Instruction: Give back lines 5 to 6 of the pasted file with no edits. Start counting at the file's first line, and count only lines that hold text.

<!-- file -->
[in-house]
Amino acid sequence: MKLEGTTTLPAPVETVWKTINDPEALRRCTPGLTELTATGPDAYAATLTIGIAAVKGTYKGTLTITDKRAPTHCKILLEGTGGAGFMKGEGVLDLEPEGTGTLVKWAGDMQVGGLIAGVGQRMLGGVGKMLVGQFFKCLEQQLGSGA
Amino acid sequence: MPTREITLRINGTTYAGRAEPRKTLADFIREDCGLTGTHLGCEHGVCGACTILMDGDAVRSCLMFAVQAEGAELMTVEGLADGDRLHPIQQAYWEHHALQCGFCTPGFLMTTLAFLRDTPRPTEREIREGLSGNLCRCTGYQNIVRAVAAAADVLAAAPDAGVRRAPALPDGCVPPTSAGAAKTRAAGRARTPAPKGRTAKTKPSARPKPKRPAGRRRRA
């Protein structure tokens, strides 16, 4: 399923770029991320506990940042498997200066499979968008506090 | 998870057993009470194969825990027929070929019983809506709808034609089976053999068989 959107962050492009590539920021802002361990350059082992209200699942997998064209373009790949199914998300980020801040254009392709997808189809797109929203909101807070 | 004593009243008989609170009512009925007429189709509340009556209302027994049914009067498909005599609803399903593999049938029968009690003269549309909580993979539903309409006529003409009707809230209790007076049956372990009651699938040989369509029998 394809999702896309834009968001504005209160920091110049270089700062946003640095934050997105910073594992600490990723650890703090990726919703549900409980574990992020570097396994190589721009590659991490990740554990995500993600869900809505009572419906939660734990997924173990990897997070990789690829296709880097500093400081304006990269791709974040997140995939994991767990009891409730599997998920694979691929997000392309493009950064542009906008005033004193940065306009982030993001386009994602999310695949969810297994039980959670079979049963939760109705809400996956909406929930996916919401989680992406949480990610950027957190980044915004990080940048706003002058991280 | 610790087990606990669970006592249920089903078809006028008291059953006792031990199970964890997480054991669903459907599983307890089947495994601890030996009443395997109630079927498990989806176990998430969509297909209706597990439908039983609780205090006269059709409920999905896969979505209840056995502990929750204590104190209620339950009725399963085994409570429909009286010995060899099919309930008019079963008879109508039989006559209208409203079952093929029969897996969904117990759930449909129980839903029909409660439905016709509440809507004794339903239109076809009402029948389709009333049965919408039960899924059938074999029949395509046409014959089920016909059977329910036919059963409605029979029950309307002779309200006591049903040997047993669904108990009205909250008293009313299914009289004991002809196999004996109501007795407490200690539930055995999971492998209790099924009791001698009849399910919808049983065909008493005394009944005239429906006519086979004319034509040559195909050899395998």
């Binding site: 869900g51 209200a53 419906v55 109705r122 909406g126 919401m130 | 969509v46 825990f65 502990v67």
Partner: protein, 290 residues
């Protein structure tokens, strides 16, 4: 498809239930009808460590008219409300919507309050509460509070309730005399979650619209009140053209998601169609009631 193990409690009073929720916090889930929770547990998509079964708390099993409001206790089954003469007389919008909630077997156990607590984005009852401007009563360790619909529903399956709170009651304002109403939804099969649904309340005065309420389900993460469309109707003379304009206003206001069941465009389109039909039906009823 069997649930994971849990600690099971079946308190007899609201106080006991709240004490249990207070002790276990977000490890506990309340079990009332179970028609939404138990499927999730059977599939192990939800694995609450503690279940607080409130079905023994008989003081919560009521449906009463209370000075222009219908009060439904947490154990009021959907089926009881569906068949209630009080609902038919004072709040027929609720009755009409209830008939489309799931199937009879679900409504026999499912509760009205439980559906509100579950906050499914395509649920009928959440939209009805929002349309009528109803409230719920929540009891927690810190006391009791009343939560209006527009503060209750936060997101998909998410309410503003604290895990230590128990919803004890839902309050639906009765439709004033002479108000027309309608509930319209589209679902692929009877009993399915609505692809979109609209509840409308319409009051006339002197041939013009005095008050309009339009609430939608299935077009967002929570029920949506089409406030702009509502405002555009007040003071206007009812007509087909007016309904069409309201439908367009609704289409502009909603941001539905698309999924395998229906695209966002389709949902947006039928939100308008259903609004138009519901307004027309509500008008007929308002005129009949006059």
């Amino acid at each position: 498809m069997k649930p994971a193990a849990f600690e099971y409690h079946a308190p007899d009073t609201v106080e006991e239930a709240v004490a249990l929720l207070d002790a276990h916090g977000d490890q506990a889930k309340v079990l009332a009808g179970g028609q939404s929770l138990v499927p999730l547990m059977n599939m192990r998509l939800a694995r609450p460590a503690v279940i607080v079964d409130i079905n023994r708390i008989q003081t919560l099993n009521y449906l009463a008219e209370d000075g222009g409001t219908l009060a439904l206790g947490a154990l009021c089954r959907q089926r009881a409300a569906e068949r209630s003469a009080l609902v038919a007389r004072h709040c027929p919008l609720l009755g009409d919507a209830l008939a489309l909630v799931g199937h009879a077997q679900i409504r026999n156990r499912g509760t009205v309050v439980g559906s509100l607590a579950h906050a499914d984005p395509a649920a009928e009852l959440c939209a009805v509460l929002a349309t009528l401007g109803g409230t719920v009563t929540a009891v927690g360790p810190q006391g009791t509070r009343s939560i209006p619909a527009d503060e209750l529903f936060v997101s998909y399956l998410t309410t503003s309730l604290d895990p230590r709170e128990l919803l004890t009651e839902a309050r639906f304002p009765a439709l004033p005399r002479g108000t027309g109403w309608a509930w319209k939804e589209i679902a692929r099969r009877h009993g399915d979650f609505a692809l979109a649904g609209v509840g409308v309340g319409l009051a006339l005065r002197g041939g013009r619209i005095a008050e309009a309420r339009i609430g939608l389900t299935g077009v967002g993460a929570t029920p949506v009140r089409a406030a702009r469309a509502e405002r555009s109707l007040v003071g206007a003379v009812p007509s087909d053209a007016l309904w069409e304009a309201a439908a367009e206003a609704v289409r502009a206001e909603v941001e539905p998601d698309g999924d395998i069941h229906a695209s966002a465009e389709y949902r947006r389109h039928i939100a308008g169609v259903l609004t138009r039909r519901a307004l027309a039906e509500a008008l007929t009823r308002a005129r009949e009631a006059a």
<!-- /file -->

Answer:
């Binding site: 869900g51 209200a53 419906v55 109705r122 909406g126 919401m130 | 969509v46 825990f65 502990v67």
Partner: protein, 290 residues